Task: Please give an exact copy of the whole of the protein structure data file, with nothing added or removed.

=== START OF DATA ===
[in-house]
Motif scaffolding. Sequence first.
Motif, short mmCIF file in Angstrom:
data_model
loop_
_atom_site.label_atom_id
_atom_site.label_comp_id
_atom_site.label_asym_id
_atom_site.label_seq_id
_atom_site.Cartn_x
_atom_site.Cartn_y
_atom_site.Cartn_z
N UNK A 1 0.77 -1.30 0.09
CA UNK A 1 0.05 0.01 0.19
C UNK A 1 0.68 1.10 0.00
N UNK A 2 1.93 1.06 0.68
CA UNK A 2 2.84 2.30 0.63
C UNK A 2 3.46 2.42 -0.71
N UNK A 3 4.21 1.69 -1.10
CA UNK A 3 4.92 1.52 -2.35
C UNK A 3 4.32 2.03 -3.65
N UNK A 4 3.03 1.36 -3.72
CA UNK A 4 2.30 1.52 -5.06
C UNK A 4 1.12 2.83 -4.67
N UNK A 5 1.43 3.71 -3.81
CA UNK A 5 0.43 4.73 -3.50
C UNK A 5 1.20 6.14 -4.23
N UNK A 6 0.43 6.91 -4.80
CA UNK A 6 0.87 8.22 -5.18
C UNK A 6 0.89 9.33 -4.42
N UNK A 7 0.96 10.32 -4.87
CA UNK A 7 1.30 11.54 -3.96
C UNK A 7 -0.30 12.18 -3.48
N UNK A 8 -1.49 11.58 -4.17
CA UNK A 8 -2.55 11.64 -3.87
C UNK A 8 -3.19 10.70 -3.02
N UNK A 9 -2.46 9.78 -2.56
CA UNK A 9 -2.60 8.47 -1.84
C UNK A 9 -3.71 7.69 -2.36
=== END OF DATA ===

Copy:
[in-house]
Motif scaffolding. Sequence first.
Motif, short mmCIF file in Angstrom:
data_model
loop_
_atom_site.label_atom_id
_atom_site.label_comp_id
_atom_site.label_asym_id
_atom_site.label_seq_id
_atom_site.Cartn_x
_atom_site.Cartn_y
_atom_site.Cartn_z
N UNK A 1 0.77 -1.30 0.09
CA UNK A 1 0.05 0.01 0.19
C UNK A 1 0.68 1.10 0.00
N UNK A 2 1.93 1.06 0.68
CA UNK A 2 2.84 2.30 0.63
C UNK A 2 3.46 2.42 -0.71
N UNK A 3 4.21 1.69 -1.10
CA UNK A 3 4.92 1.52 -2.35
C UNK A 3 4.32 2.03 -3.65
N UNK A 4 3.03 1.36 -3.72
CA UNK A 4 2.30 1.52 -5.06
C UNK A 4 1.12 2.83 -4.67
N UNK A 5 1.43 3.71 -3.81
CA UNK A 5 0.43 4.73 -3.50
C UNK A 5 1.20 6.14 -4.23
N UNK A 6 0.43 6.91 -4.80
CA UNK A 6 0.87 8.22 -5.18
C UNK A 6 0.89 9.33 -4.42
N UNK A 7 0.96 10.32 -4.87
CA UNK A 7 1.30 11.54 -3.96
C UNK A 7 -0.30 12.18 -3.48
N UNK A 8 -1.49 11.58 -4.17
CA UNK A 8 -2.55 11.64 -3.87
C UNK A 8 -3.19 10.70 -3.02
N UNK A 9 -2.46 9.78 -2.56
CA UNK A 9 -2.60 8.47 -1.84
C UNK A 9 -3.71 7.69 -2.36